Mon 4 Aug 2003
Hoon under fire for jetting off to US as Kelly is buried
FRASER NELSON POLITICAL EDITOR
GEOFF Hoon was at the centre of a fresh controversy over the suicide of Dr David Kelly yesterday as it emerged that he will not be attending the funeral, preferring to go on holiday.
The Defence Secretary is to embark on a family holiday to the United States this week - in spite of warnings from Cabinet colleagues that the move could be seen as insensitive.
His absence has intensified speculation that he will soon be sacked as the main government sacrifice in the fallout of Dr Kelly’s death, after repeatedly showing a lack of political judgment.
The Ministry of Defence yesterday confirmed that Mr Hoon will not be attending the funeral of Dr Kelly - and that John Prescott, the Deputy Prime Minister, will be representing the government. Mr Prescott, who has been defending the government since Mr Blair left for the Caribbean, came out in support of Mr Hoon yesterday saying that there was no need for them both to attend the funeral.
"Everyone has to have their holidays. The funeral will be on Wednesday, I will be attending on behalf of the government and I think we should leave those comments there," he told BBC1’s Breakfast with Frost resprogramme.
The MoD suggested that Mr Hoon’s decision not to attend had been taken with the blessing of Janice Kelly, Dr Kelly’s widow.
"He is not going to the funeral, because after discussions with Mrs Kelly it was deemed most appropriate that the government be represented at the funeral by the Deputy Prime Minister," a spokeswoman said.
Several MoD staff are likely to attend the funeral, mainly friends and colleagues of Dr Kelly who worked with him trying to establish the nature of the threat posed by Saddam Hussein’s weapons of mass destruction.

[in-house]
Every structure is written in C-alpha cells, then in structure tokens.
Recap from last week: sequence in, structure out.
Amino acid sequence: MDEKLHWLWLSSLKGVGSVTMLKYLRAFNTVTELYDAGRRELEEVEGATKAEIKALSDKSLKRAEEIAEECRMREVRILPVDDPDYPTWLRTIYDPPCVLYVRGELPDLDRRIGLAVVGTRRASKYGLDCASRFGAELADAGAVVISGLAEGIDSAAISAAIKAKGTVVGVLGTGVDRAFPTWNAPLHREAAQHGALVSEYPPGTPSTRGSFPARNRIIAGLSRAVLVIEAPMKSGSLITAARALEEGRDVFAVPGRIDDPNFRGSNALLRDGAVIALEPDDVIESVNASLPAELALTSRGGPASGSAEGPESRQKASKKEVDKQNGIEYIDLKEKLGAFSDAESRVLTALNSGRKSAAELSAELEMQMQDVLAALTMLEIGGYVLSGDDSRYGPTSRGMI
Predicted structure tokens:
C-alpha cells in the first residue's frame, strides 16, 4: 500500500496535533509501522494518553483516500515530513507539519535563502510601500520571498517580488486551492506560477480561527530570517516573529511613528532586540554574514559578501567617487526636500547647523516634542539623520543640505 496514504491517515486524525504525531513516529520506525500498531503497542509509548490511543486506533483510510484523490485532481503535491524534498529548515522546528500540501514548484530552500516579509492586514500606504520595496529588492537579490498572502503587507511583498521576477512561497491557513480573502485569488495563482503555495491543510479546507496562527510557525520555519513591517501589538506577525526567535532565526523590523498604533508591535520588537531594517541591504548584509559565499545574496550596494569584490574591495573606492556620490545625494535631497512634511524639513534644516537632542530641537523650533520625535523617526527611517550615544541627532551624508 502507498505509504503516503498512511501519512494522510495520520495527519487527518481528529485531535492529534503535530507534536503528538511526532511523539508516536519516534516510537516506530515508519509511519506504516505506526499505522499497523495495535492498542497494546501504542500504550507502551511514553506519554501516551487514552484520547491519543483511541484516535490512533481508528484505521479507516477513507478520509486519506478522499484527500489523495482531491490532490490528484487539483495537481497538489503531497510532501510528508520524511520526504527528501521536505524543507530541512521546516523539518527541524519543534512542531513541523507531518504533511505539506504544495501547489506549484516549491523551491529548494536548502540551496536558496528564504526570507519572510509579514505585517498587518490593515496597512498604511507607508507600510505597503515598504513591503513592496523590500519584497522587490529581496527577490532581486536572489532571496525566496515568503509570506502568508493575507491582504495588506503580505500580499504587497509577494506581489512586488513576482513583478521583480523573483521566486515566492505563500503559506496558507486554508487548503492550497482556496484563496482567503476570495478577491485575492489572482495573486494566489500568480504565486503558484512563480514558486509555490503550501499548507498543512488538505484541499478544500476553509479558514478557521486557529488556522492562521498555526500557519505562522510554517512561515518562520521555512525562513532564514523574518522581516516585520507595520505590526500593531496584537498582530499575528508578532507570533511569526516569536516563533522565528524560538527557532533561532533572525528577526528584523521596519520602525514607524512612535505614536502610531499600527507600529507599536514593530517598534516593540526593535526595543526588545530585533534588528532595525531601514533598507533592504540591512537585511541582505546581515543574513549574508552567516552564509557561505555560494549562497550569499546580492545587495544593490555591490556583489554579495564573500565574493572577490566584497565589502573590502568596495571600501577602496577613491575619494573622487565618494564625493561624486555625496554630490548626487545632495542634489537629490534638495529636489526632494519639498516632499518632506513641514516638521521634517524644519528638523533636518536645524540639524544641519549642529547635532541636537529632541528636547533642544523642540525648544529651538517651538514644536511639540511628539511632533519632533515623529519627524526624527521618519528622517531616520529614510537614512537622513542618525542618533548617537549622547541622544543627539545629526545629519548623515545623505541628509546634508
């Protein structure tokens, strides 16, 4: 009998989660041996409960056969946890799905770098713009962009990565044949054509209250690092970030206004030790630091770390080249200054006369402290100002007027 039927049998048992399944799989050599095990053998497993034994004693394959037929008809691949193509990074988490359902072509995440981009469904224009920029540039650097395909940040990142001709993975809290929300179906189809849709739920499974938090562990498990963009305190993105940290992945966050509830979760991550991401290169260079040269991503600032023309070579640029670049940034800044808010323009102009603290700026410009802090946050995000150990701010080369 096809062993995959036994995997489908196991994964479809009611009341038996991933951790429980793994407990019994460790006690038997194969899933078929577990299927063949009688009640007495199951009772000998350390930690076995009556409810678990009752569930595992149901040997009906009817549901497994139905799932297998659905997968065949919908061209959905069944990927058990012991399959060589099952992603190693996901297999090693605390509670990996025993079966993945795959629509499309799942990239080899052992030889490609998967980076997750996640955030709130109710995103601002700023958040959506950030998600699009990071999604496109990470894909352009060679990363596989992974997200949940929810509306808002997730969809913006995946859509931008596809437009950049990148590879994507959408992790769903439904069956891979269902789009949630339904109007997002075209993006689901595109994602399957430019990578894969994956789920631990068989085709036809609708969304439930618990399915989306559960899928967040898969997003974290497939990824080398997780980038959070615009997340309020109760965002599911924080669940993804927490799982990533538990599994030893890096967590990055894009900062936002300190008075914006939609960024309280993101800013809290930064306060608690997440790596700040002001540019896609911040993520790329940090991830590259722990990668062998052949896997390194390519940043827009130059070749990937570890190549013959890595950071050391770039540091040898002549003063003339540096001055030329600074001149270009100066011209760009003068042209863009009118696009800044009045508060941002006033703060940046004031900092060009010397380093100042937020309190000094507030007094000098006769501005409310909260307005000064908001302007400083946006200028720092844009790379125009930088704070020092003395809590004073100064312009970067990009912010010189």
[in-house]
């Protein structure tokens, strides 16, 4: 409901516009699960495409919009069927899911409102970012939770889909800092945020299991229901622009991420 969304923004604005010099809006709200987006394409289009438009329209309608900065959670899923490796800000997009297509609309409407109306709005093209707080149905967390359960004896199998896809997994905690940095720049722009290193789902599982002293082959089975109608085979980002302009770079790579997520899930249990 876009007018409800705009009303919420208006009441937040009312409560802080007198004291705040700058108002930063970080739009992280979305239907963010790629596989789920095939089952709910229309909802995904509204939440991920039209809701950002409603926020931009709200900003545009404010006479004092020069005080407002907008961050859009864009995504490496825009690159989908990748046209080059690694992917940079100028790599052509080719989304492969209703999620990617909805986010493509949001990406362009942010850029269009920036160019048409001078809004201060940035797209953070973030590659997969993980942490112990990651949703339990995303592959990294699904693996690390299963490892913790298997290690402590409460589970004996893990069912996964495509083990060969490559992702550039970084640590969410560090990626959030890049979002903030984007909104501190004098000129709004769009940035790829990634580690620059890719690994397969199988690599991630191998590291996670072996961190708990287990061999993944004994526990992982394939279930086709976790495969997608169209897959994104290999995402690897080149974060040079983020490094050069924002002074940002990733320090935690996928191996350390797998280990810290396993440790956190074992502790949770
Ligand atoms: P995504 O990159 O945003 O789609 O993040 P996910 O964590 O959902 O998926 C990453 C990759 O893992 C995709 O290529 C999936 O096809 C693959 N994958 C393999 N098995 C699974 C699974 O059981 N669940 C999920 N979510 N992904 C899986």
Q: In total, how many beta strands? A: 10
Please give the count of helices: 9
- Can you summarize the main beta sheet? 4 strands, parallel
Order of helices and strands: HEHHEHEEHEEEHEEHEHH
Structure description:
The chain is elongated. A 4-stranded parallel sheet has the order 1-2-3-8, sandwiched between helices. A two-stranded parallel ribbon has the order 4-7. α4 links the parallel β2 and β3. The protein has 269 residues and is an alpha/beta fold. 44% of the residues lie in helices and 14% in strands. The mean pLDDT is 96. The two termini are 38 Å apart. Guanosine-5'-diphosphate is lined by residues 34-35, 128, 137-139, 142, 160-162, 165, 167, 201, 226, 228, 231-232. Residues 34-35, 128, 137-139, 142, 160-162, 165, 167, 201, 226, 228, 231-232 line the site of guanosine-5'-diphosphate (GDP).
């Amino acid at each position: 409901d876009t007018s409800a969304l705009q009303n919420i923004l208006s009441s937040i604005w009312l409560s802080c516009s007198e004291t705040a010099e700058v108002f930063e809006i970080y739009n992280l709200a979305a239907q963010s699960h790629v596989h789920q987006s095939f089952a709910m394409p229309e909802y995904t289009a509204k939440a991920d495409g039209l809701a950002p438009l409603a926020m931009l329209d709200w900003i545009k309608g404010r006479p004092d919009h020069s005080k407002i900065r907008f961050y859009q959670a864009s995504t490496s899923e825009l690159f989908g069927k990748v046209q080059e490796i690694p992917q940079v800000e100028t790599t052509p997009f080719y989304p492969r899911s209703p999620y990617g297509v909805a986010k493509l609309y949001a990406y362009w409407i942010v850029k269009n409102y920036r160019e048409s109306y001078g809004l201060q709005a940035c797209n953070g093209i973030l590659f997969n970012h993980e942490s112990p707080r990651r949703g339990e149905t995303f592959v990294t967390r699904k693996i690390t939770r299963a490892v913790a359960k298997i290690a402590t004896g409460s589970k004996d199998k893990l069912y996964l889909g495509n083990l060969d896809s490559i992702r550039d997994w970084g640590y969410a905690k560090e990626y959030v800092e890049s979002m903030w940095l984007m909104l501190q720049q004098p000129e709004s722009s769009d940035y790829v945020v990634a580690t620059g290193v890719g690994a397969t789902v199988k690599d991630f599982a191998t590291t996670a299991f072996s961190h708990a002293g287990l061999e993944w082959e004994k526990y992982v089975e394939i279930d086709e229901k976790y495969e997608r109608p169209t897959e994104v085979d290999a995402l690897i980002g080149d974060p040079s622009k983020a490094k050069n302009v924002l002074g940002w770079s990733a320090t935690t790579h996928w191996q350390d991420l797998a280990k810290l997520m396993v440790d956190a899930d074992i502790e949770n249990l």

MoD officials are likely to be called in front of the Hutton inquiry, which is expected to start its investigation by asking the BBC to lay out its version of events - and explain exactly what Dr Kelly said in his off-the-record discussion.
The BBC has said that the conversation between Dr Kelly and Andrew Gilligan, its defence correspondent, was the basis for its report saying that the dossier released last September was "sexed up".
Since the story was first broadcast, ten weeks ago, Mr Hoon has made a series of blunders - denying that he had authorised his officials to "out" Dr Kelly as the self-confessed mole in the days before his death. He was instantly contradicted by his staff, who said they confirmed Dr Kelly’s name to journalists who called up and put it to him directly.
This policy, it has now emerged, was devised under Mr Hoon’s supervision.
Days later, Mr Hoon was seen at the British Formula 1 Grand Prix at Silverstone while the post-mortem examination on Dr Kelly was still being conducted.
This was regarded by his colleagues as gauche.
This was followed two weeks ago by an unannounced appearance at a Foreign Office press conference, where he refused to answer questions and diverted attention from the reconstruction of Iraq.
Mr Hoon is not highly regarded by Mr Blair, who has taken his advice on foreign affairs from Sir David Manning, his Downing Street adviser. The Prime Minister also talks directly to generals about defence.
His resignation would be a small sacrifice for Mr Blair, who is understood to have considered sacking Mr Hoon at the last Cabinet reshuffle.
While he is now almost certain to go, his lack of credibility suggests it may not be enough.
Signs of turmoil at the MoD are also starting to appear - suggesting that, under Mr Hoon, it is heading for the same sort of dysfunctionality seen at the Department of Transport under Stephen Byers.
The MoD was yesterday forced to deny a report that officials had tried to incinerate a "media plan" about Dr Kelly three days after his death.
However, a spokeswoman did confirm that there had been a "security breach" in which confidential waste documents had been left out when they should have been secured.
The episode itself is understood to have sent alarm bells ringing in other government departments, as a sign of sloppiness which may well be in evidence in other
layers of the MoD.
©Copyright 2003, The Scotsman (UK)
Following is the URL to the original story. The site may have removed or archived this story. URL: http://www.thescotsman.co.uk/politics.cfm?id=839862003